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After more than a decade of analysis, the Bureau of Land Management on Monday decided to not re-open Recapture Canyon to motorized users, although it did agree to establish 6.8 miles of routes on the rim of the archaeologically rich canyon just east of Blanding.
The decision, which rejects San Juan County's right-of-way application, allows only non-motorized travel on the canyon bottom and its benches along Recapture Creek the scene of a 2014 protest group ride that landed San Juan County Commissioner Phil Lyman in jail for 10 days.
Still, Interior Secretary Ryan Zinke framed Monday's decision as a win for recreational access.
"Recreation on public lands is a big part of what we do at the Interior Department and the BLM, but for many persons with disabilities or for people who just don't get around like they used to, our public lands aren't accessible without motorized vehicles," Zinke said in a news statement. "Allowing ATVs and other vehicles in Recapture Canyon will open up opportunities for people to enjoy our public lands while still protecting the cultural and natural resources that make the place special.
"On my first day in office I prioritized public lands access," he added. "I'm happy to continue that mission."
Yet the BLM's decision may not put the controversy to rest.
It falls well short with what San Juan County leaders and Blanding residents had demanded motorized access through the canyon from Recapture Dam on the north to a side canyon about four miles downstream.
The canyon has been a flashpoint in Utah's public lands battles since 2006 when ATV trails were constructed from the dam south to Perkins Road without authorization. After it was discovered the trail damaged ancient Native American sites, BLM closed 1,871 acres in and around canyon to motorized use. The move exacerbated local residents' resentment of federal management of the county's largely public land base.
Three years ago, the San Juan County Commission passed a resolution claiming a "valid existing" right of way through the canyon, citing historical use of the canyon as a transportation corridor by wagons and cattle.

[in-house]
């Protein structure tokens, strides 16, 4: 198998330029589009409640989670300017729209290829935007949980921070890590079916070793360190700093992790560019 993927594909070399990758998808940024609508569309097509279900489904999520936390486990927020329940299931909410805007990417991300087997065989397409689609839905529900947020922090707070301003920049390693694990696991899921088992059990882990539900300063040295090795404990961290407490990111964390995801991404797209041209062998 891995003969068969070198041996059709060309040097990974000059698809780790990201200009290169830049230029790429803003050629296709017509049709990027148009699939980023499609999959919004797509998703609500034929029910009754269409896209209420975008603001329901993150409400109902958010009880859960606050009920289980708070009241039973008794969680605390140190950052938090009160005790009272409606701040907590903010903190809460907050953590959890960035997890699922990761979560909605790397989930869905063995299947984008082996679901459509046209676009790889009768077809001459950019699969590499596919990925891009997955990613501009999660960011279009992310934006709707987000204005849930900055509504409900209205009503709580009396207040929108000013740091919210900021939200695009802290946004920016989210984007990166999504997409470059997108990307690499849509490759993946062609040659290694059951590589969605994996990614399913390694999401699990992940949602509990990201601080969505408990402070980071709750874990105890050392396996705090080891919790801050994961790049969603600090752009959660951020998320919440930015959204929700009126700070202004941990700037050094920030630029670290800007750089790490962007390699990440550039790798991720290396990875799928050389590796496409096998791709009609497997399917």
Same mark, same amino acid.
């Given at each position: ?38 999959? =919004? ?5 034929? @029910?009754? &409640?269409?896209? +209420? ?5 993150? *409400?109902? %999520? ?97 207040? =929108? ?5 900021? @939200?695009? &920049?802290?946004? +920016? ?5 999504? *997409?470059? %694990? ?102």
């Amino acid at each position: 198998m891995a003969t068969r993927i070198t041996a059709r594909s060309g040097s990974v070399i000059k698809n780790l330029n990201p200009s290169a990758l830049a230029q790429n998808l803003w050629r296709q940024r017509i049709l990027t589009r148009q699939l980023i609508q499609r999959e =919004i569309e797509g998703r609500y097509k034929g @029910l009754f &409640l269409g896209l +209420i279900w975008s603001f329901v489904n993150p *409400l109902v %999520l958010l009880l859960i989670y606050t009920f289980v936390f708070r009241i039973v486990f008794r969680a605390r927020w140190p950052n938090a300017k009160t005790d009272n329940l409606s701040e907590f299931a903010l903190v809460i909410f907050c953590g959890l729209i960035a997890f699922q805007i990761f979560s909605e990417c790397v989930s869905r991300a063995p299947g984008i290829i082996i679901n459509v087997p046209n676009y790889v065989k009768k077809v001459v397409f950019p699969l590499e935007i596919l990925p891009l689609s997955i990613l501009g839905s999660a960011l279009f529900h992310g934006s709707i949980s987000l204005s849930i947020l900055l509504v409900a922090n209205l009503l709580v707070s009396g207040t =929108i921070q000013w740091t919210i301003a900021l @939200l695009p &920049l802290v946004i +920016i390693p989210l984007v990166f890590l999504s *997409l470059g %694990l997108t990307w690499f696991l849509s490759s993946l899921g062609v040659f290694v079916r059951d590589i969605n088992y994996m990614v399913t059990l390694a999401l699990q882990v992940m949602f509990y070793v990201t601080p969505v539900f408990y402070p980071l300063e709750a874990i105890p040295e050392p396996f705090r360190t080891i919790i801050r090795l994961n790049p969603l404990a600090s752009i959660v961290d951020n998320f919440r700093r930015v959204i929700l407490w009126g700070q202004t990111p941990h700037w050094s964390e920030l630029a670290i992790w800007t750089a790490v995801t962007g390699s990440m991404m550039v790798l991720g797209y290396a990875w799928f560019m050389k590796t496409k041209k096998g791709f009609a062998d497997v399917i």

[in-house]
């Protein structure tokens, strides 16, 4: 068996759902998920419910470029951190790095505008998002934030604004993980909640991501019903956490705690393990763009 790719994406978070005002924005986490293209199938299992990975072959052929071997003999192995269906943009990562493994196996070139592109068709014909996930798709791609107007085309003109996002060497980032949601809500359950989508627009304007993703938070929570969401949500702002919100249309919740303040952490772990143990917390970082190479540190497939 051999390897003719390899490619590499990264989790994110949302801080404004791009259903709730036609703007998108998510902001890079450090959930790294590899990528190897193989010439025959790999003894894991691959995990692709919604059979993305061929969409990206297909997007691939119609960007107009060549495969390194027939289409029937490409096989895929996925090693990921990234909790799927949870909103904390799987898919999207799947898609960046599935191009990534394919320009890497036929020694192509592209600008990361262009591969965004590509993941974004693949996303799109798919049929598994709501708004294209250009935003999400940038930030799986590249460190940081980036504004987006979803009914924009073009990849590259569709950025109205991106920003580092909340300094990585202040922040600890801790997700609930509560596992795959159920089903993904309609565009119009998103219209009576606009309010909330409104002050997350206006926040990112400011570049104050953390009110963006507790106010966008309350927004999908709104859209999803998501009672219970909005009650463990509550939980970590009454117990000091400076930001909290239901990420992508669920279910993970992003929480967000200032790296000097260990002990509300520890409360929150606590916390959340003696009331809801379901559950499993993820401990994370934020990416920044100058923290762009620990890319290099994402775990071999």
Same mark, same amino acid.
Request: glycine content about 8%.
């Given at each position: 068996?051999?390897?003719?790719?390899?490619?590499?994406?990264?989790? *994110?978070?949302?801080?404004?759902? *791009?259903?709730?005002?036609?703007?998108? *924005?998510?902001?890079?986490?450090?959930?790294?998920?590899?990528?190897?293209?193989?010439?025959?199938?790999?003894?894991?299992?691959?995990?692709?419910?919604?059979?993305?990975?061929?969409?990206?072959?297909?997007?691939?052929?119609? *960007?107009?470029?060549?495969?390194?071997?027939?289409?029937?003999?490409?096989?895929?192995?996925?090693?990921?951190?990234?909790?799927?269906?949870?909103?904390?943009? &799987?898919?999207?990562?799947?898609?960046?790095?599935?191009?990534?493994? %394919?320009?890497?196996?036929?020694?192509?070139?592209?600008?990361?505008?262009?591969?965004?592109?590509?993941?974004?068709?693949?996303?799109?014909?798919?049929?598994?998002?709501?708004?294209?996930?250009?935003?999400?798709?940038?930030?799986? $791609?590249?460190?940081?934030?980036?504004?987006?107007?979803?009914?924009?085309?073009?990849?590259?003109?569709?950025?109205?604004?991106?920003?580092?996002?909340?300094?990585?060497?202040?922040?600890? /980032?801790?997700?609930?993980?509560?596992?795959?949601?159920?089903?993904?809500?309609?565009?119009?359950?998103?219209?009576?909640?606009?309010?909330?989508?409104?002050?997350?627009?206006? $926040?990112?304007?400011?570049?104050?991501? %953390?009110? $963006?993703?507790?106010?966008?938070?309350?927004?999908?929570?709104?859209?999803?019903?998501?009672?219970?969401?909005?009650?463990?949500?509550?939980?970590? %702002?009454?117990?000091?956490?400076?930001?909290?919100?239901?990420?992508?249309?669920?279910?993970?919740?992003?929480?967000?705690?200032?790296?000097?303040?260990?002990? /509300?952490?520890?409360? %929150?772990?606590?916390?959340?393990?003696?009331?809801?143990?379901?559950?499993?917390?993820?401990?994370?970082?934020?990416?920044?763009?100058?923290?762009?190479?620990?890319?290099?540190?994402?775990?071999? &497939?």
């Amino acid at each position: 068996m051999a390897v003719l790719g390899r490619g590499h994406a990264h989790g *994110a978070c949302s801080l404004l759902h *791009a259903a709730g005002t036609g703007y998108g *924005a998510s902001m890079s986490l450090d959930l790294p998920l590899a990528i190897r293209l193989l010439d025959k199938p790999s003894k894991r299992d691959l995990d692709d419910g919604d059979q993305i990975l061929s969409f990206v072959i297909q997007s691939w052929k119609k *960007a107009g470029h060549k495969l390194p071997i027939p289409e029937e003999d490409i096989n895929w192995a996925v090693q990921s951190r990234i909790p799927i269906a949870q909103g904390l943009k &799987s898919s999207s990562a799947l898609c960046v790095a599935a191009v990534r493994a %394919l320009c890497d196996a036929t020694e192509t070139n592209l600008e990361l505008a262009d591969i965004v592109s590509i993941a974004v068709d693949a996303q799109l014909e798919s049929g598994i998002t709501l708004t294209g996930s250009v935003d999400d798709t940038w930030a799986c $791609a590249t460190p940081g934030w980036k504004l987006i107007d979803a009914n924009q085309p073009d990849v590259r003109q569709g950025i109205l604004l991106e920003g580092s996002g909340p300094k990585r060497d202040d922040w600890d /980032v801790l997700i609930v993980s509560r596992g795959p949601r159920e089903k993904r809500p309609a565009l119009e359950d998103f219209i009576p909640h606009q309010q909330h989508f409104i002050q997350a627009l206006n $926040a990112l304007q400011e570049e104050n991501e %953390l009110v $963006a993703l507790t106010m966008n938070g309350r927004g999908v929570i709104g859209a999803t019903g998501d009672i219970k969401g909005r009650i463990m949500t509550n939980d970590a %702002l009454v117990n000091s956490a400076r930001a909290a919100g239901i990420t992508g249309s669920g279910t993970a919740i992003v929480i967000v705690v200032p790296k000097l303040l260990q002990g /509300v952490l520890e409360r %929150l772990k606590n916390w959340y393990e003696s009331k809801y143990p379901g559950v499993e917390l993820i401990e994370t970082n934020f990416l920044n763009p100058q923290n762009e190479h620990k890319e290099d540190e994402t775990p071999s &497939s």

Blanding City Council member Joe Lyman, who has spoken for the city on the Recapture controversy, said Monday he did not know enough about the decision to offer comment.
Local officials have long blasted the BLM for taking so long to process the county's right-of-way application, submitted around the time of the closure. The order signed Monday by Monticello field office manager Don Hoffheins formally rejects that application, but it does say the 2007 closure order will be reversed once damaged archaeological sites are stabilized.
"The closure is lifted because we have a decision and it is no longer necessary," BLM spokeswoman Lisa Bryant. "The decision provides for motorized access on the rim and to the canyon bottom trailhead. It does not authorize motorized use or trail construction south of the trailhead. We feel on foot and horseback is the best way to explore this area [along the canyon bottom]."
Environmental groups that oppose motorized use on Utah's sensitive public lands were pleased the BLM declined to allow motorized use through the quiet canyon, which is also rich in wildlife and scenery.
"That's definitely a win in our eyes, even though we were pushing for a decision that would not allow [motorized] use of the rim trails," said Susan Kearns of Great Old Broads for Wilderness. "Our hope is that ATV recreationists will respect this ruling and use only officially designated routes."
The new trails will tie into the existing Blanding to Bulldog Trail and will be served by trailheads at Lems Draw, Browns Canyon and in the canyon one mile below Recapture Dam.
"We worked with the county, environmentalists, motorized users. This was a compromise after years of discussion," Bryant said. "We can now work with the county without this hanging over our head. We will move forward on the development of trails in more appropriate places."
The BLM plans to erect signage and kiosks for distributing interpretation information and instruct visitors on proper use of the trail system. The rim trail will include eight turnouts that provide views into the canyon and the 800-year-old dwellings still standing under cliff overhangs.